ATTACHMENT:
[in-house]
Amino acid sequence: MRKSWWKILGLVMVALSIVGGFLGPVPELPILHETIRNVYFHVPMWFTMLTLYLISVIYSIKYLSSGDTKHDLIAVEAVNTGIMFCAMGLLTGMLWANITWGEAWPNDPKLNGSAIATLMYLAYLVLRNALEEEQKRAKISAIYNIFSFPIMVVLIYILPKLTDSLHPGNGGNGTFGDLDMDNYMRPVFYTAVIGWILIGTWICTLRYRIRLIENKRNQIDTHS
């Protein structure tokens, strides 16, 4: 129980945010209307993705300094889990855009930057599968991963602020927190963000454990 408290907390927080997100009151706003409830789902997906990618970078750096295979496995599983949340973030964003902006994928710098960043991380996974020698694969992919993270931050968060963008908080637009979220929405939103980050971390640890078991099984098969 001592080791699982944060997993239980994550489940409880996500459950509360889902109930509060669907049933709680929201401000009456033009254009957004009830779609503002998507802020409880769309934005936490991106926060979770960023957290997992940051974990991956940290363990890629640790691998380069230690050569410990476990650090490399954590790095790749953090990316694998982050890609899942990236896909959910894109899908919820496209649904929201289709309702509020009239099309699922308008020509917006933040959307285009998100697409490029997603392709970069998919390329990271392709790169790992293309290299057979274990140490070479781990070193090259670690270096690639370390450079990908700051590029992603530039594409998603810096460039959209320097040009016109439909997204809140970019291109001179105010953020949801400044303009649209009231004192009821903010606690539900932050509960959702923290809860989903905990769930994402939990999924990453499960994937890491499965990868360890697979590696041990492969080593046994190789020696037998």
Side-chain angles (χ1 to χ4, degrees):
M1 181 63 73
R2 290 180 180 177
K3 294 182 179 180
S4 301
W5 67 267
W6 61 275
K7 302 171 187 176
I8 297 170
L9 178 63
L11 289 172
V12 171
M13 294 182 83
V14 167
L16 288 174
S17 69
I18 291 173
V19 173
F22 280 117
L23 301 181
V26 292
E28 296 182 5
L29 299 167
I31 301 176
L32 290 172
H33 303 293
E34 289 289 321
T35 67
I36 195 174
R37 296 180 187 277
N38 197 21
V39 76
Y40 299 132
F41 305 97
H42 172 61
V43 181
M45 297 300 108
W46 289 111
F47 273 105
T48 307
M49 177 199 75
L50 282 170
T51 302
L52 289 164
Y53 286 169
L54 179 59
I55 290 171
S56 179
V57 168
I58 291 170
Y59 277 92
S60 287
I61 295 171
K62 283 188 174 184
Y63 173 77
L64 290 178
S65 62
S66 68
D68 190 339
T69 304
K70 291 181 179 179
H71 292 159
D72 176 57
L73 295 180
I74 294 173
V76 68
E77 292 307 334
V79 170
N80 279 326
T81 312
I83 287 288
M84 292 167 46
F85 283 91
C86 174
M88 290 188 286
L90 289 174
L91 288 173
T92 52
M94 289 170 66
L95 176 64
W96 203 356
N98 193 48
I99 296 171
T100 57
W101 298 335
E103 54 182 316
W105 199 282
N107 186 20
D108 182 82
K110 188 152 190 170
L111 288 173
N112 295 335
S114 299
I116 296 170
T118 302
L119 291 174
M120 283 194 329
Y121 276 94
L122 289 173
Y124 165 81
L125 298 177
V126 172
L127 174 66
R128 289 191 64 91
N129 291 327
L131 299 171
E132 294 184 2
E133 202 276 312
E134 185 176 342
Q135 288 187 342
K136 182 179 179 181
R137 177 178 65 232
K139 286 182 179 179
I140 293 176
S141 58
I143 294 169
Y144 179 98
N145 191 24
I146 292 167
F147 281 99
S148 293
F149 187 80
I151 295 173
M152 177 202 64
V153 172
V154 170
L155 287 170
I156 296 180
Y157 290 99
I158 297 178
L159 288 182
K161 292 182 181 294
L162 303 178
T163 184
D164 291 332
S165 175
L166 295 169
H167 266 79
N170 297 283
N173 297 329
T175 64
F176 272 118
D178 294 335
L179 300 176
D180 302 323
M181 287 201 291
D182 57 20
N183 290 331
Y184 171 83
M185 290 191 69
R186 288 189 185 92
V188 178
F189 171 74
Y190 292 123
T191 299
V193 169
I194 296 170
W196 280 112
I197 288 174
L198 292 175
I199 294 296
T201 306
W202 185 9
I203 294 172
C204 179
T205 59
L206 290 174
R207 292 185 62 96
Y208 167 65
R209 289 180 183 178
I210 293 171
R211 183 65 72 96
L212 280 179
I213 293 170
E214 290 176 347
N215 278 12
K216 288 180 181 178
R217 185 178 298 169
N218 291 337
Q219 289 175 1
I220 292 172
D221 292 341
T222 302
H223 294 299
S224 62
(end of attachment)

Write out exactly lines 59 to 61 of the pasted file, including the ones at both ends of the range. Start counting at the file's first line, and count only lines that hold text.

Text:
L64 290 178
S65 62
S66 68